I have a confession to make. I have always supported refillable bottles, but deep down, I never really thought the idea was economically viable in our global marketplace. However, after my trip to Ger...
I have a confession to make. I have always supported refillable bottles, but deep down, I never really thought the idea was economically viable in our global marketplace. However, after my trip to Germany — where refillables are available for nearly all beverages — (in all shapes, sizes, glass or PET), I believe the case can be made for refillables today.
What is especially impressive is that refillable glass bottles have an average of 50 lives, while refillable PET usually lasts up to 25 servings. The plastic crates last for 100 trips. This begs the question about Canadian brewers and their industry standard glass bottle that only has an average of 15 lives. Why the gap?
The difference is a cultural one. Germans are un-phased by the physical scars of reuse, like the white erosion rings that develop at the top and bottom of a glass bottle, or the many scratches that can render a PET bottle dull and opaque. Canadian brewers have no choice but to limit the potential life of an industry standard beer bottle in order to complete against their gleaming competition.
Today, in Germany, more than 85 per cent of all beer, 37 per cent of mineral water, 34 per cent of soft drinks, and 10 per cent of fruit juices are sold in refillable bottles. Refillables bear a lower deposit level of eight and 15 Eurocents (worth 13 and 24 cents Canadian) versus the 25 Eurocent deposit on non-refillables. Wholesalers play a critical role in the refillable system, by purchasing, storing and distributing full goods to retailers, and from the back end; collecting and re-distributing empty refillables back to bottlers.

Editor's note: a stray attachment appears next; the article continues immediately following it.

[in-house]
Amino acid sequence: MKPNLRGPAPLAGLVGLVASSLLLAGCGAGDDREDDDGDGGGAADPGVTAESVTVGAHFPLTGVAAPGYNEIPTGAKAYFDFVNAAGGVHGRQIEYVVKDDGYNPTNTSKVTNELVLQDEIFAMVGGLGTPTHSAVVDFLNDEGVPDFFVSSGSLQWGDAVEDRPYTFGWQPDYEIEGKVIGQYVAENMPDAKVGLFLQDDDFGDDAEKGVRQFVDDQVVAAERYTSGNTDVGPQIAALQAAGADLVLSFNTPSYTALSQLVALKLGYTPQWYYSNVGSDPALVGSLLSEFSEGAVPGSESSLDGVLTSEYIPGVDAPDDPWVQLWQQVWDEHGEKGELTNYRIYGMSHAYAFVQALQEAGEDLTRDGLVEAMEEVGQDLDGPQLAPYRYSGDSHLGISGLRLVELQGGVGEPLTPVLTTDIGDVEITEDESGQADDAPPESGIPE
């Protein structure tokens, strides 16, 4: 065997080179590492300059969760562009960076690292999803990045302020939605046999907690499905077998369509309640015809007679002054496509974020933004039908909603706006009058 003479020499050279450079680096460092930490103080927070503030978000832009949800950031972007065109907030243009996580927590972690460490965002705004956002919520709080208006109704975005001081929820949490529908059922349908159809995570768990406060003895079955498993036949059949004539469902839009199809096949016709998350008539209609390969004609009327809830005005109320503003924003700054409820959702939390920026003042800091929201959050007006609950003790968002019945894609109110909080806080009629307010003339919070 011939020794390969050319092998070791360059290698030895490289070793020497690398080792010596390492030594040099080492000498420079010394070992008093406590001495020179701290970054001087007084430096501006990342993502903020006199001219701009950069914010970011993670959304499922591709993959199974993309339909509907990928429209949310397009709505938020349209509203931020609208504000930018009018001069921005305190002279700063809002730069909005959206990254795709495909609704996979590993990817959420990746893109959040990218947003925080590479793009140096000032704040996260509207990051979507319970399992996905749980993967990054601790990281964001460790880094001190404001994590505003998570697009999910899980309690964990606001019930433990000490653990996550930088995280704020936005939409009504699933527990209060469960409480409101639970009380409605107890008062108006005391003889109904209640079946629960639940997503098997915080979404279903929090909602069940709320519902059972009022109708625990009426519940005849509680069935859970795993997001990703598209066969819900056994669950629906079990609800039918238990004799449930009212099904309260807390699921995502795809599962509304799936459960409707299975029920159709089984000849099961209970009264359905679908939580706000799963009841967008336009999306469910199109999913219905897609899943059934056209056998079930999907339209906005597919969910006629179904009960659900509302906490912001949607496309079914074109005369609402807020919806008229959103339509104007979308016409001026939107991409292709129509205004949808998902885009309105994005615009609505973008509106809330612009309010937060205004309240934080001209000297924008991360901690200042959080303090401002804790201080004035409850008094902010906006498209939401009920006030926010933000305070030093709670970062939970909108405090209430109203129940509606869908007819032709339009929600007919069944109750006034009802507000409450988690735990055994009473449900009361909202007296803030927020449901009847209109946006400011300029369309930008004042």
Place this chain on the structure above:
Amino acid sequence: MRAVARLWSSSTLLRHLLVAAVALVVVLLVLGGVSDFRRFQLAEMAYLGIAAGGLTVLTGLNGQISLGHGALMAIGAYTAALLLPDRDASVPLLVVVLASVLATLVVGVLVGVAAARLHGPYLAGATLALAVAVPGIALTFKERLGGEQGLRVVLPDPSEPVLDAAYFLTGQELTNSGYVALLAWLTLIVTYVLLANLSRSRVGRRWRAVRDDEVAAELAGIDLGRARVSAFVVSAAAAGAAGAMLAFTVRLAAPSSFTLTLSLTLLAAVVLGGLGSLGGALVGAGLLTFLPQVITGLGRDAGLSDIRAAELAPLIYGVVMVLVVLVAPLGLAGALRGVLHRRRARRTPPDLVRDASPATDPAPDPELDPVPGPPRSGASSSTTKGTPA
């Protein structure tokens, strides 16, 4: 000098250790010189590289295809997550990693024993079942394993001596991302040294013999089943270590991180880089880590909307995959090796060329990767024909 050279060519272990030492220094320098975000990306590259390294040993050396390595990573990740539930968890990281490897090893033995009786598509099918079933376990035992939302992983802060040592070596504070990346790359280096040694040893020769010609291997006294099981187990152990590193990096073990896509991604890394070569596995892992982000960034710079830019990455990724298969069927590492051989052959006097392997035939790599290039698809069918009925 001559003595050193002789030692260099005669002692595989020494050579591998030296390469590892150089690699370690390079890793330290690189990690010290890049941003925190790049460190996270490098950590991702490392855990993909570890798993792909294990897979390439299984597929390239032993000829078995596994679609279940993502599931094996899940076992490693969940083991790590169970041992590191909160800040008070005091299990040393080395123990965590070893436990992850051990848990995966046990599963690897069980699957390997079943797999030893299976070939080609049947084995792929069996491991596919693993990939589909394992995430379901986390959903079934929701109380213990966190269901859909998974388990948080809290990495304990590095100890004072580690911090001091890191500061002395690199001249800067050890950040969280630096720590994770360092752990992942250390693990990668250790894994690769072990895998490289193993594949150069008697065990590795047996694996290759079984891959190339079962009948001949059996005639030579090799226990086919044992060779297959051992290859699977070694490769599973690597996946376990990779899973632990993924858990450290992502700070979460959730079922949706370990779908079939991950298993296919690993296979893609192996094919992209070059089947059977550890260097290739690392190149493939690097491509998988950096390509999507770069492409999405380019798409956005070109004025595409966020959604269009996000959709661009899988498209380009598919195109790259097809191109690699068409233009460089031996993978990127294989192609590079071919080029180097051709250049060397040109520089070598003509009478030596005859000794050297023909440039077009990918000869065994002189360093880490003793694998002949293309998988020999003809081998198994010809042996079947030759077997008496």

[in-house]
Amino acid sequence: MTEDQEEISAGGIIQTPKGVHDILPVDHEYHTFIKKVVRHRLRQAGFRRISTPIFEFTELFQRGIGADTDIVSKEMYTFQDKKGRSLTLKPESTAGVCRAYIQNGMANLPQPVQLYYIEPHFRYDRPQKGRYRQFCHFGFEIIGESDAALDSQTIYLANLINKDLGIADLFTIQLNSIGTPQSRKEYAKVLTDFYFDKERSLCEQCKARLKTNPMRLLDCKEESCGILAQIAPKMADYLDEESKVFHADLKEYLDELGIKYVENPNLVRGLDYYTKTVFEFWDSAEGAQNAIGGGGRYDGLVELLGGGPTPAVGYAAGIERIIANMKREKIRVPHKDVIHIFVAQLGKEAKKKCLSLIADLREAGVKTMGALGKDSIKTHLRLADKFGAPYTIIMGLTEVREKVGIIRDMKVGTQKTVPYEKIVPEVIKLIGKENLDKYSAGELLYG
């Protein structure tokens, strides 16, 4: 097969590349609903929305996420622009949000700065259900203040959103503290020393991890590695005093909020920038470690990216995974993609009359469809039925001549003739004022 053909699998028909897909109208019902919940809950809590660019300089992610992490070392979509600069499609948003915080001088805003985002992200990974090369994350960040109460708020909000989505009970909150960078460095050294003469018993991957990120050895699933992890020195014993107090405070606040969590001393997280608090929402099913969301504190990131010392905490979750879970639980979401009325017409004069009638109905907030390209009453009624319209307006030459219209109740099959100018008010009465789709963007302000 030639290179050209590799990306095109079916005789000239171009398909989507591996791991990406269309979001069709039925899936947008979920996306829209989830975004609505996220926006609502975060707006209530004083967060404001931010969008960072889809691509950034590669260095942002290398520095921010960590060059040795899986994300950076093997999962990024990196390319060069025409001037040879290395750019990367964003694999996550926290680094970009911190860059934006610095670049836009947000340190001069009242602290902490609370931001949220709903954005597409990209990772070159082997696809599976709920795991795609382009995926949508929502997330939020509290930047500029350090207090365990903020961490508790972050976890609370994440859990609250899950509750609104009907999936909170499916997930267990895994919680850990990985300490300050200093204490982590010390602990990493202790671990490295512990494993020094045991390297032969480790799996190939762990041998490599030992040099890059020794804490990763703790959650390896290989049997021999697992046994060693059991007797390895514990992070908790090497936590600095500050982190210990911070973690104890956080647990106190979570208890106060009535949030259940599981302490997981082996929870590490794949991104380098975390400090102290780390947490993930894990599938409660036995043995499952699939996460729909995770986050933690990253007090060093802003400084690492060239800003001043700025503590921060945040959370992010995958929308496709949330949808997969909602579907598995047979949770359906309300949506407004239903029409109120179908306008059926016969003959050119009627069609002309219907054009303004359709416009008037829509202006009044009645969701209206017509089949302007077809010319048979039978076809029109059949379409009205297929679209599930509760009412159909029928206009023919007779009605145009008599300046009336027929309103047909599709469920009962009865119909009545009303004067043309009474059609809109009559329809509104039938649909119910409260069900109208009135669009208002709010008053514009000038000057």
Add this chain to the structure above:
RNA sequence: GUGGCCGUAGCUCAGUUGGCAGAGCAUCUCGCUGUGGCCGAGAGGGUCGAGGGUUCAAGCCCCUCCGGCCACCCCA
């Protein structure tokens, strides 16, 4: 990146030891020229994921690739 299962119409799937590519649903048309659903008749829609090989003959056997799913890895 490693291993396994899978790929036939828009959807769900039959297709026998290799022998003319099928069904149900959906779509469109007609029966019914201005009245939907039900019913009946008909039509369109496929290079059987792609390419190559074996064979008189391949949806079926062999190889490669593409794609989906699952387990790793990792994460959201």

In a study by the IFEU Institute in Germany, both refillable PET and glass bottles ranked more favorably compared to non-refillable aluminum cans and PET in terms of: material consumption, global warming potential, acidification and summer smog. The German Packaging Institute reports the difference in greenhouse gas emissions between all nonalcohol beverages packaged in refillable containers versus single-serve containers is over one million tonnes of CO2e.
The Herald Tribune (“Putting pollution costs on the table,” April 26, 2008) examined the life cycle impact of two bottles of wine consumed in New York City. The first bottle came from California transported by truck, and the other from France shipped and then trucked. Interestingly, the California bottle resulted in almost double the carbon footprint (2,514 grams of C02e per bottle), primarily due to the impact of transportation, which accounts for a whopping 57 per cent of the total footprint. Containers (barrel and bottle) accounts for an additional 25 per cent of the footprint. While lower in terms of greenhouse gas emissions, the French wine still resulted in 1,371 grams of C02e per bottle, of which transportation accounted for 33 per cent and containers came to 35 per cent of the footprint.
As crude oil hovers at high levels, the economics of modern refillable solutions are beginning to look more attractive. Imagine the possibilities…
• Large retailers offering non-alcohol drinks on-tap, with a built-in volume counter. This would allow consumers to either bring their own container from home, or buy one in-store. Retailers would invest in an in-store carbonation/ mixing system (like those found in large bars, movie theatres etc.) and would pipe-in local water. Less costs, less shelve space, and an ideal option for high volume buyers on a budget.
• Ship foreign beverages in bulk and have them filled locally in standard refillable bottles.
• Promote local beverage production, like wine and beer, which can stimulate the economics for a refillables program in the region.
• Utilize reverse logistic (back-hauling) to eliminate additional freight associated with container transportation.
We are facing interesting times. Several municipalities and businesses are considering bottled water bans, the cost of raw materials continues to rise, and the high cost transportation is making local production more attractive. Those that are able to think beyond the classic one-way distribution model, to one that reduces energy at all stages of production, and ultimately delivers the refreshment of choice to the consumer, may indeed end-up on top.
Perhaps a case can be made for refillables. This is something that Canada can learn from Europe.
Clarissa Morawski is principal of CM Consulting based in Peterborough, Ontario. Contact Clarissa at firstname.lastname@example.org